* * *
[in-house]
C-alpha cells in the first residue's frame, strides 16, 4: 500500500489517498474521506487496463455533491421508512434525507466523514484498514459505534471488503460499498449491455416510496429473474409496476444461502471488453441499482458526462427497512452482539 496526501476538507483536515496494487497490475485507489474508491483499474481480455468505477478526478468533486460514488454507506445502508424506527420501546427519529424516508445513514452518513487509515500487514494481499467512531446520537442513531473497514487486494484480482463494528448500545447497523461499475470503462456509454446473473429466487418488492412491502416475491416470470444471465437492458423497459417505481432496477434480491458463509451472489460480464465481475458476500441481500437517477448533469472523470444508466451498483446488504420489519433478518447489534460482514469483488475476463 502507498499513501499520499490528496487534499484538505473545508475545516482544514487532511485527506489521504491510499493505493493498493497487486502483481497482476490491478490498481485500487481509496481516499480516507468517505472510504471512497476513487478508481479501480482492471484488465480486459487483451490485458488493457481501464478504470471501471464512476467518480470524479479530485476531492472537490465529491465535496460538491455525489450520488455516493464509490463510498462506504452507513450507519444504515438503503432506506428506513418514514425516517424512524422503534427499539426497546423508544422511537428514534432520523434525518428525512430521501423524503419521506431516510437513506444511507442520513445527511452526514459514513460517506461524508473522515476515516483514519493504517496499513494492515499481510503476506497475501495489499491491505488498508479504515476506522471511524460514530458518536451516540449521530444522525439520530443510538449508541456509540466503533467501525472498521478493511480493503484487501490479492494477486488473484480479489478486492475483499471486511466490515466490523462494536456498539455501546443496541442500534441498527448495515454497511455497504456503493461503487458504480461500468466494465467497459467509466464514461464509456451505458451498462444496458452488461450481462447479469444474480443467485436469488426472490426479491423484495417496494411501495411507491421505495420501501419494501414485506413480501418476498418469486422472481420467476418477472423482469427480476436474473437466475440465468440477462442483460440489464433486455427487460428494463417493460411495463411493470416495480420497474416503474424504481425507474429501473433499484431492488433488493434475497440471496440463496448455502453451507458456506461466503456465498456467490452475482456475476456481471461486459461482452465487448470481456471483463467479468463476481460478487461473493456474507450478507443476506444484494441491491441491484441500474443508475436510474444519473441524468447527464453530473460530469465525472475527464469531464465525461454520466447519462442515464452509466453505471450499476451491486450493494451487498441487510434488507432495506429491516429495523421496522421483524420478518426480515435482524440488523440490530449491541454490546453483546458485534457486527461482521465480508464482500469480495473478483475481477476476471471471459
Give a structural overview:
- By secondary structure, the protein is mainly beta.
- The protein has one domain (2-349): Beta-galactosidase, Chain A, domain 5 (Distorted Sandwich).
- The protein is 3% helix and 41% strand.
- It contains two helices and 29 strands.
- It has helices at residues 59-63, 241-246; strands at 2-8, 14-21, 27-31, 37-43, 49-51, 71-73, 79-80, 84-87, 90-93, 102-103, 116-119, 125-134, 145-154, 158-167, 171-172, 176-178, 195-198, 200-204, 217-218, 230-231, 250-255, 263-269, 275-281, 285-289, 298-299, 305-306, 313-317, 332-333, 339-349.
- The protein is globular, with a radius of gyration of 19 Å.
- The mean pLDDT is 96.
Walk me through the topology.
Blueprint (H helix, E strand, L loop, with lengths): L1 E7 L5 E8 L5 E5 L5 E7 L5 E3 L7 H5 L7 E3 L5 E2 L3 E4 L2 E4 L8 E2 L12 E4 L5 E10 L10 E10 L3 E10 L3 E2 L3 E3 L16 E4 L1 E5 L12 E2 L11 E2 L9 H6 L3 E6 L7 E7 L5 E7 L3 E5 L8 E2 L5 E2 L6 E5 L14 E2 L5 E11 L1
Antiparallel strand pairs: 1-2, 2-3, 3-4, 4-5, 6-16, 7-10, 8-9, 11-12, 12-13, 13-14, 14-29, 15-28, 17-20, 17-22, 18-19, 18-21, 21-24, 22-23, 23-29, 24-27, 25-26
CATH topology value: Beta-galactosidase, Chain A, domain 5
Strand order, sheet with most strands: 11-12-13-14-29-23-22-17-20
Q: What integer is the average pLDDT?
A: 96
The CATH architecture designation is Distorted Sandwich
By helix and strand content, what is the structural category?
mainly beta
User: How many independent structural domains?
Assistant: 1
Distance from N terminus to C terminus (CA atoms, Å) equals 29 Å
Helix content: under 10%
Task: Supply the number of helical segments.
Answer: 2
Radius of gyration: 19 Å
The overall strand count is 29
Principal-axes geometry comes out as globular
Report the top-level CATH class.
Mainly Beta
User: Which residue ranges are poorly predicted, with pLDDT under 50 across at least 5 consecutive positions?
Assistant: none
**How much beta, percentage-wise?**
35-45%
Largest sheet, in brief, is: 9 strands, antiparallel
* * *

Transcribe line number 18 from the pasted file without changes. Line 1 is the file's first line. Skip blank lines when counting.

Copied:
The CATH architecture designation is Distorted Sandwich